Arthur Jones, the late inventor of the Nautilus and Med-ex exercise machines, had a very acrimonious relationship with most exercise scientists. He frequently publicly labeled them as morons or idiots, particularly when one of them published a study that lambasted Jones’ beloved Nautilus machines. These machines were designed to provide a variable resistance pattern of exercise movement that Jones’ often called ” a better barbell.” According to Jones, these machines worked muscles through a entire range of movement in a manner that improved exercise efficiency to a considerable extent. In so doing, the Nautilus machines variable resistance design allowed you to train more muscle fibers with a higher intensity level because the machines eliminated the blind spots that occur during typical muscle contractions when using just free weights. This increased exercise efficiency also made it mandatory to engage in shorter, less frequent training sessions in order to foster maximal recovery.
Over the years, several studies have been published opposing both the efficiency of the Nautilus machines, as well as Jones’ emphasis on brief but intense training. But Jones’ would probably have been gratified with the results of the latest study that compared conventional training with using variable exercise machines, such as Nautilus machines. The study featured 13 young men who did four workouts using either conventional weight or variable resistance loading patterns.The results showed that force and muscle involvement was significantly higher when using the variable resistance style of training. Levels of total testosterone, growth hormone, and cortisol increased during the variable resistance exercise, while conventional constant loading raised only growth hormone levels.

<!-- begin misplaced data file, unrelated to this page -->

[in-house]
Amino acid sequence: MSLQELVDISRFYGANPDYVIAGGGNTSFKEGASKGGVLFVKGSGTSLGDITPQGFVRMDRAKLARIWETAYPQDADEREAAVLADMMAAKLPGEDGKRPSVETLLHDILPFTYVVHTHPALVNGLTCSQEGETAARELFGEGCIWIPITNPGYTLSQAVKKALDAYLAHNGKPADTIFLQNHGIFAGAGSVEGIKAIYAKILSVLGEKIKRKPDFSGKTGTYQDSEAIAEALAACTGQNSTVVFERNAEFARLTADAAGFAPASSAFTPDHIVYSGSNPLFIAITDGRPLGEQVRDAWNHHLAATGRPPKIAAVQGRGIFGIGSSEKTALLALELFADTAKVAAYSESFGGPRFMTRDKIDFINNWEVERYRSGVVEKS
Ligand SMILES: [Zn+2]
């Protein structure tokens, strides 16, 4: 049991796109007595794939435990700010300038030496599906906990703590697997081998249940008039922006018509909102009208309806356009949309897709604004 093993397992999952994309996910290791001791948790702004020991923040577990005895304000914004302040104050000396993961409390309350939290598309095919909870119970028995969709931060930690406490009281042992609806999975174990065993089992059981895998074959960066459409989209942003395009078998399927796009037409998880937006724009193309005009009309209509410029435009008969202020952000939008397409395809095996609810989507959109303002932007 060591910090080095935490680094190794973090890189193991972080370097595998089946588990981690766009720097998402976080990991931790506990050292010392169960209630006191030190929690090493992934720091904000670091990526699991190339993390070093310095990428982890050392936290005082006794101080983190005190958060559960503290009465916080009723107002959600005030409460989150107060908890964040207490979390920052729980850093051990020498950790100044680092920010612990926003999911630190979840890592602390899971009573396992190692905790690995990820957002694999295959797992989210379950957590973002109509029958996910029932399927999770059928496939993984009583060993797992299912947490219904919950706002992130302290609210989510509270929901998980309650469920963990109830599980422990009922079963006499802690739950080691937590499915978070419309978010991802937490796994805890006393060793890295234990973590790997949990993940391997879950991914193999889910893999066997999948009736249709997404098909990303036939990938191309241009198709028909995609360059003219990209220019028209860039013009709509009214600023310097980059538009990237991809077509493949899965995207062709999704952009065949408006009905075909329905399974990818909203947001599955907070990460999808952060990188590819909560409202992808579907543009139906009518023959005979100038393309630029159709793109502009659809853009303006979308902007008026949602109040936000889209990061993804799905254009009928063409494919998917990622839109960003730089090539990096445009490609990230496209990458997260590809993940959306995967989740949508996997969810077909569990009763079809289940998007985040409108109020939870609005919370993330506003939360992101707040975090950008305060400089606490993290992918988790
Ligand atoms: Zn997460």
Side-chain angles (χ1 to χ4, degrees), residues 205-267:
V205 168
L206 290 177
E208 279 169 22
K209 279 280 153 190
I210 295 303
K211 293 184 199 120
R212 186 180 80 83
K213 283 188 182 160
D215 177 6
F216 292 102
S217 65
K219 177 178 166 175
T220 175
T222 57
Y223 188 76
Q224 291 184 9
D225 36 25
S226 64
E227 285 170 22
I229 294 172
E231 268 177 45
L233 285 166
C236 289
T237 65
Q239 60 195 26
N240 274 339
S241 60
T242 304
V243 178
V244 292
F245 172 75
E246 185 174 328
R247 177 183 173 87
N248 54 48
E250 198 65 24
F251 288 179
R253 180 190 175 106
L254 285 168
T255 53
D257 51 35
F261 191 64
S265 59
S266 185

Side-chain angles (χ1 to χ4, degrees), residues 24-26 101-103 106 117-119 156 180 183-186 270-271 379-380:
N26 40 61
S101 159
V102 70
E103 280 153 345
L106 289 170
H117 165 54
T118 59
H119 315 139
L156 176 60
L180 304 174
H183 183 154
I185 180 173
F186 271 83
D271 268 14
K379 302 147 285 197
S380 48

It would appear based on the results of this small study that the ideas suggested by Jones have been vindicated, and that his variable resistance style of training is indeed superior in terms of stressing a muscle during heavy training compared to constant load resistance. I’m sure that if Arthur were alive today, he might even soften his frequent acerbic attacks on exercise scientists. He would no longer call them “idiots,” but would likely retain the term “moron” in reference to these esteemed scientists.
Walker S, et al. Neuromuscular and hormonal responses to constant and variable resistance loadings.Med Sci Sports Exerc 2010;in press.
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